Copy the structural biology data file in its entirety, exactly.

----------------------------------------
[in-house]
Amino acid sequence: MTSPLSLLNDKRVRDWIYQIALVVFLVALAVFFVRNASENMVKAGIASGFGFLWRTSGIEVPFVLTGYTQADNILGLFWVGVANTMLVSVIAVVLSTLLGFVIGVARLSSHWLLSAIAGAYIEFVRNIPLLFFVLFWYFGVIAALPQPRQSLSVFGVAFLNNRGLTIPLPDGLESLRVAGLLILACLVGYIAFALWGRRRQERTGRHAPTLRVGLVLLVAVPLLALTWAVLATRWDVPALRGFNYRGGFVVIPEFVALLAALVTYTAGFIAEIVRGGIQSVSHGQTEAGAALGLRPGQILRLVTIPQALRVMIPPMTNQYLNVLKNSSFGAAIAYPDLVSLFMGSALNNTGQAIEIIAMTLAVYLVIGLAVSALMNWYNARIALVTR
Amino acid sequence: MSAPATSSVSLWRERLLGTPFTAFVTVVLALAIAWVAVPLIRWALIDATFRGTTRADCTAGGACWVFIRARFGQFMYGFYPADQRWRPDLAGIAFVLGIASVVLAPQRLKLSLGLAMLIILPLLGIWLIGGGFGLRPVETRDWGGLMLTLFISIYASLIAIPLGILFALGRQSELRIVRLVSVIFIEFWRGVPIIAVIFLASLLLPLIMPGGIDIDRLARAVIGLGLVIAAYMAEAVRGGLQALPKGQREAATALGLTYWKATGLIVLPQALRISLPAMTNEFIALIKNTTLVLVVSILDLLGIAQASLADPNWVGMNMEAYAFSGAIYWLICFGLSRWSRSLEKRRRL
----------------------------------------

[in-house]
Amino acid sequence: MTSPLSLLNDKRVRDWIYQIALVVFLVALAVFFVRNASENMVKAGIASGFGFLWRTSGIEVPFVLTGYTQADNILGLFWVGVANTMLVSVIAVVLSTLLGFVIGVARLSSHWLLSAIAGAYIEFVRNIPLLFFVLFWYFGVIAALPQPRQSLSVFGVAFLNNRGLTIPLPDGLESLRVAGLLILACLVGYIAFALWGRRRQERTGRHAPTLRVGLVLLVAVPLLALTWAVLATRWDVPALRGFNYRGGFVVIPEFVALLAALVTYTAGFIAEIVRGGIQSVSHGQTEAGAALGLRPGQILRLVTIPQALRVMIPPMTNQYLNVLKNSSFGAAIAYPDLVSLFMGSALNNTGQAIEIIAMTLAVYLVIGLAVSALMNWYNARIALVTR
Amino acid sequence: MSAPATSSVSLWRERLLGTPFTAFVTVVLALAIAWVAVPLIRWALIDATFRGTTRADCTAGGACWVFIRARFGQFMYGFYPADQRWRPDLAGIAFVLGIASVVLAPQRLKLSLGLAMLIILPLLGIWLIGGGFGLRPVETRDWGGLMLTLFISIYASLIAIPLGILFALGRQSELRIVRLVSVIFIEFWRGVPIIAVIFLASLLLPLIMPGGIDIDRLARAVIGLGLVIAAYMAEAVRGGLQALPKGQREAATALGLTYWKATGLIVLPQALRISLPAMTNEFIALIKNTTLVLVVSILDLLGIAQASLADPNWVGMNMEAYAFSGAIYWLICFGLSRWSRSLEKRRRL